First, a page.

Hiring our new CTO, Peter Stern, back in early 2017 was an excellent opportunity for us at Arazoo to reexamine some of the design decisions that were made early on but were no longer carrying their weight. Peter was fresh to our org and had no emotional ties to our existing code. Whereas I'd had problems in the past getting user testing and user experience at the front of the process, Pete naturally gravitated towards the "let's go talk to people" side of things.
Because we had been working in "execution" mode rather than in a "lean" learning-oriented way, our product had become sort of a palimpsest of compromises. We wanted to build Large Featureset X, but technical limitations, time (that is, budget) limitations, or both meant we built Y, which is sort of like X, but with fewer features. Meanwhile, we didn't run any of this by our users or even think about the notion of what an MVP of that solution might really look like.
Then in a subsequent sprint, we would manage to add some more of X to Y. Along the way, someone might have an idea elsewhere that has design ramificaitons that ripple throughout the product. What we wanted to be X, and built as Y, now becomes Z. It's okay, but it's a feature that was born from outside constraints rather than purpose-built to serve a user need.
And more importantly, it's not really something we ever tested on users, or even built because they said they needed it.
Navigation in the Arazoo web app had been one of these
X Y Z features.
In the original MVP that was developed for our founders by consultants, the feature set was small enough and the data scarce enough that navigation was able to be functional and superficial at the same time. There were only a couple different things you could do: Be on your firm homepage, go into a project, create a product, and invite new users.
As the features in Arazoo grew and gained complexity, navigation was scaled to accommodate it. More and more functionality (even editing some kinds of data) were squeezed into the nav.
We found from session playback in FullStory that users were often confused by our navigation. They weren't able to get to the features that could help them, so they would just give up and abandon.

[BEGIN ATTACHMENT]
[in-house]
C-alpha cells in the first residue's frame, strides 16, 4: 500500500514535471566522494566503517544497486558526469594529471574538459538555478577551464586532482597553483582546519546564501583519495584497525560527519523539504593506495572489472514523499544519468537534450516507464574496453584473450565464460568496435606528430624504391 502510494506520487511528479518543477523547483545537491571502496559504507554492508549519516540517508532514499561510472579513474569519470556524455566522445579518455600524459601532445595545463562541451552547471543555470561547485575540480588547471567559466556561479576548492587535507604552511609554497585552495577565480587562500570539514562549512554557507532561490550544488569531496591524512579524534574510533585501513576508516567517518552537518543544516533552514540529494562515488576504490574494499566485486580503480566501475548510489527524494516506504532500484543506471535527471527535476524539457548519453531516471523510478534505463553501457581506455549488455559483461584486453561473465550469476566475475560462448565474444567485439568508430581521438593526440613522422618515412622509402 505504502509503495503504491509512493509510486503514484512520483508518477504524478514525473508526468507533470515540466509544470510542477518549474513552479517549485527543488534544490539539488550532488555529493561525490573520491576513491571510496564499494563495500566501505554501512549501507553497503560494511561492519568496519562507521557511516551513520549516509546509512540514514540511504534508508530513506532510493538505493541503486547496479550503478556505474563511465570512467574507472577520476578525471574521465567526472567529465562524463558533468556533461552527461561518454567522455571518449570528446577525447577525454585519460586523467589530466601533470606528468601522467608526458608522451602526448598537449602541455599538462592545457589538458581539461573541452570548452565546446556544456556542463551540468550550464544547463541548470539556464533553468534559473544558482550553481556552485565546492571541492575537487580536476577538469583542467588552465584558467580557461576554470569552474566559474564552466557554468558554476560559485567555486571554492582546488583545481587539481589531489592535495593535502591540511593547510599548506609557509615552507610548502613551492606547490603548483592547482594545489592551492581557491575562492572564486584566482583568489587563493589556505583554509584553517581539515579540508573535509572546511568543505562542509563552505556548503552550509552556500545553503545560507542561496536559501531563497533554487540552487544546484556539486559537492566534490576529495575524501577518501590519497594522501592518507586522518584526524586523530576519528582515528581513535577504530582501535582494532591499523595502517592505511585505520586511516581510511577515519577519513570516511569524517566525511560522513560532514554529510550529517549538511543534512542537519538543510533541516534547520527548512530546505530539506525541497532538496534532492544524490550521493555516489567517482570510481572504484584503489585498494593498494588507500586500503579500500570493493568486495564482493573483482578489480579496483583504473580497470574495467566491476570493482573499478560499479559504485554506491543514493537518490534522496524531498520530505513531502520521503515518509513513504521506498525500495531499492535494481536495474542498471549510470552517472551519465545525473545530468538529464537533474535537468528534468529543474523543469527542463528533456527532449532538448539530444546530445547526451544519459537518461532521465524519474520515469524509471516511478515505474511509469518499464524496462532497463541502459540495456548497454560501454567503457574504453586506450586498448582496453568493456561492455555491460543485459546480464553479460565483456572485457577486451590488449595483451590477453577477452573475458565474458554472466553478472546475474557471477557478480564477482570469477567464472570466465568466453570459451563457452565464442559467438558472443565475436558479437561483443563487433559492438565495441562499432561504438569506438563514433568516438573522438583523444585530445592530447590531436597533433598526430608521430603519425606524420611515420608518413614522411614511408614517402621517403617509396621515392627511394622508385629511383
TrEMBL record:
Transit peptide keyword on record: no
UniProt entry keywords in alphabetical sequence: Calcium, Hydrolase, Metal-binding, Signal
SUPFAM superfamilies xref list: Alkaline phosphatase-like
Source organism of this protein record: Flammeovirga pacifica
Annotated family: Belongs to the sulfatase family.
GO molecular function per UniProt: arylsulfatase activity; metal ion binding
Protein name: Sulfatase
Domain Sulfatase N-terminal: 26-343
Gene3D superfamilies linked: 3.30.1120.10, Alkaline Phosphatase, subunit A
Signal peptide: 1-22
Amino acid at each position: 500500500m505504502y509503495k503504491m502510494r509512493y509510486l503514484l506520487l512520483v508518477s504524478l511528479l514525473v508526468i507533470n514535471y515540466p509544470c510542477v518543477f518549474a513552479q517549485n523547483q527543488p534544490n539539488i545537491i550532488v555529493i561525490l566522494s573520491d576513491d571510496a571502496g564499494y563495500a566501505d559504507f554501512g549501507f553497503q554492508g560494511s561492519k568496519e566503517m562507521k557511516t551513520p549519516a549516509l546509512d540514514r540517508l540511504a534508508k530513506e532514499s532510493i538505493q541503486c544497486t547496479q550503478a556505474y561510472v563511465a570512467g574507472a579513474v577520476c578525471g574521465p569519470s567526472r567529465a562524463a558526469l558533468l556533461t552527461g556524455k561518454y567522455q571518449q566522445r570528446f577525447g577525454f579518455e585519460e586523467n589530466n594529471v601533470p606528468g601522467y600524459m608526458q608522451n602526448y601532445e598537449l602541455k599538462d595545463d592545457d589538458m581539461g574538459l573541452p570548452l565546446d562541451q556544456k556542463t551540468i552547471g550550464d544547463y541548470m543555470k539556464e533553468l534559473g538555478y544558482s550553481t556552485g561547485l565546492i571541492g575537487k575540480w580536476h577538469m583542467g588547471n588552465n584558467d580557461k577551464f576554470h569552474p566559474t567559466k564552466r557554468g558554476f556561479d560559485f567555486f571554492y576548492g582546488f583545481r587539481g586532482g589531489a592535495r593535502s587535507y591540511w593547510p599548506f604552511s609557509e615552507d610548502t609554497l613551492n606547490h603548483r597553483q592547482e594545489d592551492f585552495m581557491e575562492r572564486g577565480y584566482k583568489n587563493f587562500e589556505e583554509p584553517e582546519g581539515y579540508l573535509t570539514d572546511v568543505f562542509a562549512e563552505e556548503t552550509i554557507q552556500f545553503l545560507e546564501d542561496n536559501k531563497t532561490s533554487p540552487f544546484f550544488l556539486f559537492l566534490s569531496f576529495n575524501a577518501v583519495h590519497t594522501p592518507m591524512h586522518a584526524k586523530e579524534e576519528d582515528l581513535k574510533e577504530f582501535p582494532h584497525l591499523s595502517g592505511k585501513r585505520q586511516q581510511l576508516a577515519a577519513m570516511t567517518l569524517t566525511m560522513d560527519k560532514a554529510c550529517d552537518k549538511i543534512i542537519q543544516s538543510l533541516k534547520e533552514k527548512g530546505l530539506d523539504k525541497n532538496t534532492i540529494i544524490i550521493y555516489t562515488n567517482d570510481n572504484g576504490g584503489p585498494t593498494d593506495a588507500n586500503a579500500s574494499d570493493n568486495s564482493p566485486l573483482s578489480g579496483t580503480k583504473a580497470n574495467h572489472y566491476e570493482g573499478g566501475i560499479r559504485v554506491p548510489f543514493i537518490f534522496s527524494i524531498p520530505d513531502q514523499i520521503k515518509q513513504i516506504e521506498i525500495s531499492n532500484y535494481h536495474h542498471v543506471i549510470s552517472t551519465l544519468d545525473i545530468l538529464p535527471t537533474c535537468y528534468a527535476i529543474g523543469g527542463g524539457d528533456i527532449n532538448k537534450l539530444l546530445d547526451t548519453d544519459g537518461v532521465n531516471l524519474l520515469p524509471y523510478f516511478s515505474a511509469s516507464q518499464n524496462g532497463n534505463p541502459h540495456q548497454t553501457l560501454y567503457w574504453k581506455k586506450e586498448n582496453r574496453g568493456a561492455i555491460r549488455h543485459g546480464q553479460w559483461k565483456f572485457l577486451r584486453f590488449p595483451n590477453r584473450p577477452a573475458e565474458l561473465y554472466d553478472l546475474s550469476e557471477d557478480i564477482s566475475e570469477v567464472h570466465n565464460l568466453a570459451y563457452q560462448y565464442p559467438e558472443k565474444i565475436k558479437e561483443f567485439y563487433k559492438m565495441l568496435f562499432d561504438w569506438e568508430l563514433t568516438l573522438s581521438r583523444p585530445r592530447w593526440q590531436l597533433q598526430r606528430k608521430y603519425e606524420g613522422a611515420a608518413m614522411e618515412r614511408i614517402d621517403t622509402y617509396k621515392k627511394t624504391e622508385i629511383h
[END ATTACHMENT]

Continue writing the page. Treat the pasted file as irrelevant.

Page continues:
At the time, there were a few major things in Arazoo that a user could access:
In addition to these, we had various marketing pages:
All of the above items were packed into one settings menu in Arazoo at the time. We had a top nav bar that displayed the breadcrumb for your current page, and you used this settings menu to hop to different places.
You also used this settings menu to edit some kinds of data:
It was... sort of a mess. There was a huge amount of importance placed on that one affordance, and a mix of navigational and functional features.
One major difference was that for the first time, we went to talk to users about it. Our users told us what we already observed from FullStory: the nav was confusing. But more importantly, they told us how it confused them; they let us watch them get confused; and they asked for things.
People like to toss around that old Henry Ford quote:
If I had asked people what they wanted, they'd have asked for a faster horse.
But honestly: yes. It's not terrible if people ask you for a faster horse, as long as you can ask some whys to get to the bottom of it. People ask for a faster horse because they want to go faster, and they're used to horses. It's the going faster you need to solve.
So when our users asked for things in our nav, we thanked them for their suggestions then asked them why they wanted that. And generally it was all about orientation. Our users wanted to know where the heck they were in our site. The wanted to be able to quickly intuit how to get from one place to another.
We took their feedback and our observations and mocked up some solutions. For example:
In this early mockup, I did several things:
We got some positive feedback on this one when we shopped it around to users as just a static image, but they pointed out that this was focused entirely on the app, and didn't really address the need or desire to check out the static marketing pages.